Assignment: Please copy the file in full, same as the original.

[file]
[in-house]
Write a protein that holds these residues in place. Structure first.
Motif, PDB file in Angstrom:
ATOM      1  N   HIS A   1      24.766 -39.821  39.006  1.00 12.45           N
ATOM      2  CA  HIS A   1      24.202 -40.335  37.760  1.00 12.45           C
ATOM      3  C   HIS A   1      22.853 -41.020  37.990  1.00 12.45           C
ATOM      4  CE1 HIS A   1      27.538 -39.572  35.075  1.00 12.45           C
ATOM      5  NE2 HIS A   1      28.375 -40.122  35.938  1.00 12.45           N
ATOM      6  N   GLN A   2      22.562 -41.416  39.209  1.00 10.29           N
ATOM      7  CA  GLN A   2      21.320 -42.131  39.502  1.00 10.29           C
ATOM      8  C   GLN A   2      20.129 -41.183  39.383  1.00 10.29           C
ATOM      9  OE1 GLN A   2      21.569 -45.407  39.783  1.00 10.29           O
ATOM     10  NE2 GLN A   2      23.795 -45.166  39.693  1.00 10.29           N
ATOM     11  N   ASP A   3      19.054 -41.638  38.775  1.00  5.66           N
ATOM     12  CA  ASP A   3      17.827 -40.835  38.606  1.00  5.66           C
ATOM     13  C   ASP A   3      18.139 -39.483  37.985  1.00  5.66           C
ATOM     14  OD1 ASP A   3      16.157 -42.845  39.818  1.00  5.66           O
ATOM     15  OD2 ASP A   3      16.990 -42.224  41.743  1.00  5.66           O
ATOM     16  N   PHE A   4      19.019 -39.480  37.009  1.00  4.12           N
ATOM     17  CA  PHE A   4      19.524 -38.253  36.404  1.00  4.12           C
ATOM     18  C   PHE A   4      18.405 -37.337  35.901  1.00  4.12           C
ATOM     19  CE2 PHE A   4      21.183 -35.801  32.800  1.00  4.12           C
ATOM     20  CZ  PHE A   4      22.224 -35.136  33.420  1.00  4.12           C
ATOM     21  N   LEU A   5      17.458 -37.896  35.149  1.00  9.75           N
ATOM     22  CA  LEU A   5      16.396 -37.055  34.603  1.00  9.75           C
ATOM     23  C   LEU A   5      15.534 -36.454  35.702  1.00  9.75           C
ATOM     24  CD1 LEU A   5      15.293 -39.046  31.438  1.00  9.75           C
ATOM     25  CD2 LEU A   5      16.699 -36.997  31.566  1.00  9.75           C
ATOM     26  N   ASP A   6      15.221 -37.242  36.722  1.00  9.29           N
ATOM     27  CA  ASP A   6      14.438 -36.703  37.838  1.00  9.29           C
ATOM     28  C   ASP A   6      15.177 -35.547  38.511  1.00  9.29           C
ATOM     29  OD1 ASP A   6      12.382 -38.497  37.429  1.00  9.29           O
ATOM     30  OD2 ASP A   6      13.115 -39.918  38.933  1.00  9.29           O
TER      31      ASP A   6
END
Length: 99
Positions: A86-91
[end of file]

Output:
[in-house]
Write a protein that holds these residues in place. Structure first.
Motif, PDB file in Angstrom:
ATOM      1  N   HIS A   1      24.766 -39.821  39.006  1.00 12.45           N
ATOM      2  CA  HIS A   1      24.202 -40.335  37.760  1.00 12.45           C
ATOM      3  C   HIS A   1      22.853 -41.020  37.990  1.00 12.45           C
ATOM      4  CE1 HIS A   1      27.538 -39.572  35.075  1.00 12.45           C
ATOM      5  NE2 HIS A   1      28.375 -40.122  35.938  1.00 12.45           N
ATOM      6  N   GLN A   2      22.562 -41.416  39.209  1.00 10.29           N
ATOM      7  CA  GLN A   2      21.320 -42.131  39.502  1.00 10.29           C
ATOM      8  C   GLN A   2      20.129 -41.183  39.383  1.00 10.29           C
ATOM      9  OE1 GLN A   2      21.569 -45.407  39.783  1.00 10.29           O
ATOM     10  NE2 GLN A   2      23.795 -45.166  39.693  1.00 10.29           N
ATOM     11  N   ASP A   3      19.054 -41.638  38.775  1.00  5.66           N
ATOM     12  CA  ASP A   3      17.827 -40.835  38.606  1.00  5.66           C
ATOM     13  C   ASP A   3      18.139 -39.483  37.985  1.00  5.66           C
ATOM     14  OD1 ASP A   3      16.157 -42.845  39.818  1.00  5.66           O
ATOM     15  OD2 ASP A   3      16.990 -42.224  41.743  1.00  5.66           O
ATOM     16  N   PHE A   4      19.019 -39.480  37.009  1.00  4.12           N
ATOM     17  CA  PHE A   4      19.524 -38.253  36.404  1.00  4.12           C
ATOM     18  C   PHE A   4      18.405 -37.337  35.901  1.00  4.12           C
ATOM     19  CE2 PHE A   4      21.183 -35.801  32.800  1.00  4.12           C
ATOM     20  CZ  PHE A   4      22.224 -35.136  33.420  1.00  4.12           C
ATOM     21  N   LEU A   5      17.458 -37.896  35.149  1.00  9.75           N
ATOM     22  CA  LEU A   5      16.396 -37.055  34.603  1.00  9.75           C
ATOM     23  C   LEU A   5      15.534 -36.454  35.702  1.00  9.75           C
ATOM     24  CD1 LEU A   5      15.293 -39.046  31.438  1.00  9.75           C
ATOM     25  CD2 LEU A   5      16.699 -36.997  31.566  1.00  9.75           C
ATOM     26  N   ASP A   6      15.221 -37.242  36.722  1.00  9.29           N
ATOM     27  CA  ASP A   6      14.438 -36.703  37.838  1.00  9.29           C
ATOM     28  C   ASP A   6      15.177 -35.547  38.511  1.00  9.29           C
ATOM     29  OD1 ASP A   6      12.382 -38.497  37.429  1.00  9.29           O
ATOM     30  OD2 ASP A   6      13.115 -39.918  38.933  1.00  9.29           O
TER      31      ASP A   6
END
Length: 99
Positions: A86-91